Skinny Scrappy Scarf!

My lovely friends have often shown up at gatherings exclaiming “I have yarn for you!” – and this is a situation to be thoroughly enjoyed. However, I can’t always find a use for every single one of these yarns, among them long-forgotten cheap acrylics from granny’s attics, abandoned yarn sale yarn, and other orphaned skeins.

Some of these yarns have a lot more merit than others – and I try to use everything I can possibly use, because it is a rare occasion that I can bring myself to evict the yarn from the Sad Yarn Orphanarium.

However, I finally said goodbye to a huge bag full of old yarn that I just knew I wasn’t ever going to use (and actually most of it was stuff that I had bought :P) It’s slated to go to Goodwill, where it might be just the thing some other stitchmaster needs.

As a result, my yarn wall looks a lot less scary. This has virtually nothing to do with the following project. I’m just proud of myself.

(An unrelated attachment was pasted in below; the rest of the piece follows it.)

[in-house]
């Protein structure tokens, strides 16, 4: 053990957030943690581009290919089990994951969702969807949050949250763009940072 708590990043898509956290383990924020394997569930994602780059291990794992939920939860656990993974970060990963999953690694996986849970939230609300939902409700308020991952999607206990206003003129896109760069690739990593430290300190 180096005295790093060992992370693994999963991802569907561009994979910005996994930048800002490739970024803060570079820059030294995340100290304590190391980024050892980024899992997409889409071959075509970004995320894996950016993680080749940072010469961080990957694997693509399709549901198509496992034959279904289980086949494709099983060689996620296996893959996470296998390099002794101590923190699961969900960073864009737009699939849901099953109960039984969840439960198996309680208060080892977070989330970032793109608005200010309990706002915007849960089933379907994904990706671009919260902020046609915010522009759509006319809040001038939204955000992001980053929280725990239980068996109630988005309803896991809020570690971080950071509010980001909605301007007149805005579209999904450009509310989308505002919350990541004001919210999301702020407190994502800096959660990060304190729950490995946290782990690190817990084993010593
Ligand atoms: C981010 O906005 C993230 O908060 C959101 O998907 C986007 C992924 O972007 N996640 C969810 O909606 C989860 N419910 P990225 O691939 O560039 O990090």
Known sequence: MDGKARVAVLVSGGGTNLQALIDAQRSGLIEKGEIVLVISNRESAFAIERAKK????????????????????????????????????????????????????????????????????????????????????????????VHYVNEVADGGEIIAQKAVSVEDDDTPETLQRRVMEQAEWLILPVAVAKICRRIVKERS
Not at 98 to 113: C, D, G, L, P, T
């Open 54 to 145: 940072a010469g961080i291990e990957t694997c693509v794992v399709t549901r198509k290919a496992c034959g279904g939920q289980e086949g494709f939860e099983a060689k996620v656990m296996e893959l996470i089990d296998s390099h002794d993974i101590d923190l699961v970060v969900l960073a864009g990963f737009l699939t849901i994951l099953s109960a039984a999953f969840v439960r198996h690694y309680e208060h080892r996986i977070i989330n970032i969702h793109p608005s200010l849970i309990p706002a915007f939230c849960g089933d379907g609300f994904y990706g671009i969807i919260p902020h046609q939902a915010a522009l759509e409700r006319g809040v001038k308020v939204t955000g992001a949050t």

I cheated. I still have a lot of yarn that isn’t on that wall. BUT, at least I no longer fear an avalanche.

Okay, it’s not totally unrelated, because while I was cleaning I rediscovered some old handspun and some other bits and pieces that would look nice together and got inspired to create a scrap-buster project!

This little skinny scarf combines beading, crocheting, and knitting to create a unique artsy accessory that’s great for using up small lengths of yarn.


Skinny Scrappy Scarf

Materials Needed:
20 g packet of 6/0 seed beads
1 beading needle
#10 cotton crochet thread
2.10 mm steel crochet hook
12.5 mm knitting needles
An assortment of yarn scraps, preferably 15-20+ yards each

  1. First, grab your beading needle, crochet thread, and half of your packet of beads (set the other half aside). Your amount doesn’t have to be exact. String the beads on your crochet thread.
  2. With your 2.10 hook, start chaining the crochet thread. Every 15-20 chains (again, we’re not worried about exact numbers here) grab a bead and include it in your stitch.